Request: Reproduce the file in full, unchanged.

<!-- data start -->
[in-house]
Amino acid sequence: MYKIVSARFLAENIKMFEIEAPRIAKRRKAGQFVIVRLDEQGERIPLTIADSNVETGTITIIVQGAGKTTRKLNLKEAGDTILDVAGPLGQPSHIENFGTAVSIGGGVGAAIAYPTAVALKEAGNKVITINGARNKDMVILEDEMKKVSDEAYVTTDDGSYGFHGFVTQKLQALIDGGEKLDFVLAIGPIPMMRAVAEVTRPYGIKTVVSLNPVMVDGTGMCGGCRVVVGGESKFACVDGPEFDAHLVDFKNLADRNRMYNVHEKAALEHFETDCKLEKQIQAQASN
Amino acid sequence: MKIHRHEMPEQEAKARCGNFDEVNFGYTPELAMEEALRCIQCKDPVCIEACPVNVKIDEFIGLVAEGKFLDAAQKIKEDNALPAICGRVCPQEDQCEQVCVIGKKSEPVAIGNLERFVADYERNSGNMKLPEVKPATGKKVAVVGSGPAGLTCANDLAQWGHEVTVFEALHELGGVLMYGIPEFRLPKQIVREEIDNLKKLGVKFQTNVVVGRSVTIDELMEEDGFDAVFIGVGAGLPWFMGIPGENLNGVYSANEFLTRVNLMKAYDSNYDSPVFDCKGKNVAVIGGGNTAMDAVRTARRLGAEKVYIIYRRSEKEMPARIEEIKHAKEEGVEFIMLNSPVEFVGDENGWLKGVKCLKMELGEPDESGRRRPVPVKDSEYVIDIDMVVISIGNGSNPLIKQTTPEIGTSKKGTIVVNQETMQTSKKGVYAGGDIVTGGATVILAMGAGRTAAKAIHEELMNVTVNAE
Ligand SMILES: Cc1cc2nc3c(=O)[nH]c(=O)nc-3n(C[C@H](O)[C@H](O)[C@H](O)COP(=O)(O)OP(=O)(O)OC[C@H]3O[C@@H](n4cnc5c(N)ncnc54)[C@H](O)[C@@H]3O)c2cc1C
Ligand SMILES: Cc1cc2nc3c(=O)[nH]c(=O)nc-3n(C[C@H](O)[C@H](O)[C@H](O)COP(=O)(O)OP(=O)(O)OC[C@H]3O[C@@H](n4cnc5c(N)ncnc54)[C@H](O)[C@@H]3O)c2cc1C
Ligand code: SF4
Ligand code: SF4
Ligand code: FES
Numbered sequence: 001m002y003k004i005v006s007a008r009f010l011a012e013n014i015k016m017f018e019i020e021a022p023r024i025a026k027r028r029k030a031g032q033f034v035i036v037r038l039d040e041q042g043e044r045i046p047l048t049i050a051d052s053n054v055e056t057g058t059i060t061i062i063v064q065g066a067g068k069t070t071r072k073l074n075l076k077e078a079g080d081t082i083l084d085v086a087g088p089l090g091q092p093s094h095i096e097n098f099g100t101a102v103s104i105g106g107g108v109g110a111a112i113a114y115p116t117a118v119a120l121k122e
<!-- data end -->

[in-house]
Amino acid sequence: MYKIVSARFLAENIKMFEIEAPRIAKRRKAGQFVIVRLDEQGERIPLTIADSNVETGTITIIVQGAGKTTRKLNLKEAGDTILDVAGPLGQPSHIENFGTAVSIGGGVGAAIAYPTAVALKEAGNKVITINGARNKDMVILEDEMKKVSDEAYVTTDDGSYGFHGFVTQKLQALIDGGEKLDFVLAIGPIPMMRAVAEVTRPYGIKTVVSLNPVMVDGTGMCGGCRVVVGGESKFACVDGPEFDAHLVDFKNLADRNRMYNVHEKAALEHFETDCKLEKQIQAQASN
Amino acid sequence: MKIHRHEMPEQEAKARCGNFDEVNFGYTPELAMEEALRCIQCKDPVCIEACPVNVKIDEFIGLVAEGKFLDAAQKIKEDNALPAICGRVCPQEDQCEQVCVIGKKSEPVAIGNLERFVADYERNSGNMKLPEVKPATGKKVAVVGSGPAGLTCANDLAQWGHEVTVFEALHELGGVLMYGIPEFRLPKQIVREEIDNLKKLGVKFQTNVVVGRSVTIDELMEEDGFDAVFIGVGAGLPWFMGIPGENLNGVYSANEFLTRVNLMKAYDSNYDSPVFDCKGKNVAVIGGGNTAMDAVRTARRLGAEKVYIIYRRSEKEMPARIEEIKHAKEEGVEFIMLNSPVEFVGDENGWLKGVKCLKMELGEPDESGRRRPVPVKDSEYVIDIDMVVISIGNGSNPLIKQTTPEIGTSKKGTIVVNQETMQTSKKGVYAGGDIVTGGATVILAMGAGRTAAKAIHEELMNVTVNAE
Ligand SMILES: Cc1cc2nc3c(=O)[nH]c(=O)nc-3n(C[C@H](O)[C@H](O)[C@H](O)COP(=O)(O)OP(=O)(O)OC[C@H]3O[C@@H](n4cnc5c(N)ncnc54)[C@H](O)[C@@H]3O)c2cc1C
Ligand SMILES: Cc1cc2nc3c(=O)[nH]c(=O)nc-3n(C[C@H](O)[C@H](O)[C@H](O)COP(=O)(O)OP(=O)(O)OC[C@H]3O[C@@H](n4cnc5c(N)ncnc54)[C@H](O)[C@@H]3O)c2cc1C
Ligand code: SF4
Ligand code: SF4
Ligand code: FES
Numbered sequence: 001m002y003k004i005v006s007a008r009f010l011a012e013n014i015k016m017f018e019i020e021a022p023r024i025a026k027r028r029k030a031g032q033f034v035i036v037r038l039d040e041q042g043e044r045i046p047l048t049i050a051d052s053n054v055e056t057g058t059i060t061i062i063v064q065g066a067g068k069t070t071r072k073l074n075l076k077e078a079g080d081t082i083l084d085v086a087g088p089l090g091q092p093s094h095i096e097n098f099g100t101a102v103s104i105g106g107g108v109g110a111a112i113a114y115p116t117a118v119a120l121k122e